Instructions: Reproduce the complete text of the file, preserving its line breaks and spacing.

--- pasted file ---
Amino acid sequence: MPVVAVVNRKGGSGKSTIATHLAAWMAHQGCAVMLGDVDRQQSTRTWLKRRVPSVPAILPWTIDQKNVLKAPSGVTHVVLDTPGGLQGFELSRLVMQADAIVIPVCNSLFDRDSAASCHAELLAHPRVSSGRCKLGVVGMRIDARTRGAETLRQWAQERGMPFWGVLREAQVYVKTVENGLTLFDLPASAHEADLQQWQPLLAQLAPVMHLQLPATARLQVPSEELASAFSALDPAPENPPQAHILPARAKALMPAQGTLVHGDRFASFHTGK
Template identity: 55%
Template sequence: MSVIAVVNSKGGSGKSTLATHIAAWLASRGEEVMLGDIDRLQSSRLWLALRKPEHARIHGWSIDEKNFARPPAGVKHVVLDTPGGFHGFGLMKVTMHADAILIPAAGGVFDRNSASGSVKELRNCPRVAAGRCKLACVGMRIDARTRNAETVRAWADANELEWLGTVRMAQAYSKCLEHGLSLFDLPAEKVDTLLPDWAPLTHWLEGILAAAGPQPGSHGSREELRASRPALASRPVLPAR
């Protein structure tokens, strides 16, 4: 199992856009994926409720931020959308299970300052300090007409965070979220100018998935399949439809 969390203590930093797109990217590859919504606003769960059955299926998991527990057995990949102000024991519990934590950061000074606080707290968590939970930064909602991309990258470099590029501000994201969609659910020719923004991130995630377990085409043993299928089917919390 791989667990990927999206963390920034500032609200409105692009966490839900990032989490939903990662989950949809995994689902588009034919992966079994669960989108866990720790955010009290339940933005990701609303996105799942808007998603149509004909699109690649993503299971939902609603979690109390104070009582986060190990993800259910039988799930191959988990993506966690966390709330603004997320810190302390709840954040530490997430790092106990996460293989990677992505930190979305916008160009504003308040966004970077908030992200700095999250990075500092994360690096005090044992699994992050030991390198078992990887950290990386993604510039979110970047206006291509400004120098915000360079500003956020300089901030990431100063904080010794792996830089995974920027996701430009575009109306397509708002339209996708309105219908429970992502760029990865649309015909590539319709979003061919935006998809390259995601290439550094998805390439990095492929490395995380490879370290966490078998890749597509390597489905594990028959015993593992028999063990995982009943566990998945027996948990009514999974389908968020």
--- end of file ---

Amino acid sequence: MPVVAVVNRKGGSGKSTIATHLAAWMAHQGCAVMLGDVDRQQSTRTWLKRRVPSVPAILPWTIDQKNVLKAPSGVTHVVLDTPGGLQGFELSRLVMQADAIVIPVCNSLFDRDSAASCHAELLAHPRVSSGRCKLGVVGMRIDARTRGAETLRQWAQERGMPFWGVLREAQVYVKTVENGLTLFDLPASAHEADLQQWQPLLAQLAPVMHLQLPATARLQVPSEELASAFSALDPAPENPPQAHILPARAKALMPAQGTLVHGDRFASFHTGK
Template identity: 55%
Template sequence: MSVIAVVNSKGGSGKSTLATHIAAWLASRGEEVMLGDIDRLQSSRLWLALRKPEHARIHGWSIDEKNFARPPAGVKHVVLDTPGGFHGFGLMKVTMHADAILIPAAGGVFDRNSASGSVKELRNCPRVAAGRCKLACVGMRIDARTRNAETVRAWADANELEWLGTVRMAQAYSKCLEHGLSLFDLPAEKVDTLLPDWAPLTHWLEGILAAAGPQPGSHGSREELRASRPALASRPVLPAR
């Protein structure tokens, strides 16, 4: 199992856009994926409720931020959308299970300052300090007409965070979220100018998935399949439809 969390203590930093797109990217590859919504606003769960059955299926998991527990057995990949102000024991519990934590950061000074606080707290968590939970930064909602991309990258470099590029501000994201969609659910020719923004991130995630377990085409043993299928089917919390 791989667990990927999206963390920034500032609200409105692009966490839900990032989490939903990662989950949809995994689902588009034919992966079994669960989108866990720790955010009290339940933005990701609303996105799942808007998603149509004909699109690649993503299971939902609603979690109390104070009582986060190990993800259910039988799930191959988990993506966690966390709330603004997320810190302390709840954040530490997430790092106990996460293989990677992505930190979305916008160009504003308040966004970077908030992200700095999250990075500092994360690096005090044992699994992050030991390198078992990887950290990386993604510039979110970047206006291509400004120098915000360079500003956020300089901030990431100063904080010794792996830089995974920027996701430009575009109306397509708002339209996708309105219908429970992502760029990865649309015909590539319709979003061919935006998809390259995601290439550094998805390439990095492929490395995380490879370290966490078998890749597509390597489905594990028959015993593992028999063990995982009943566990998945027996948990009514999974389908968020």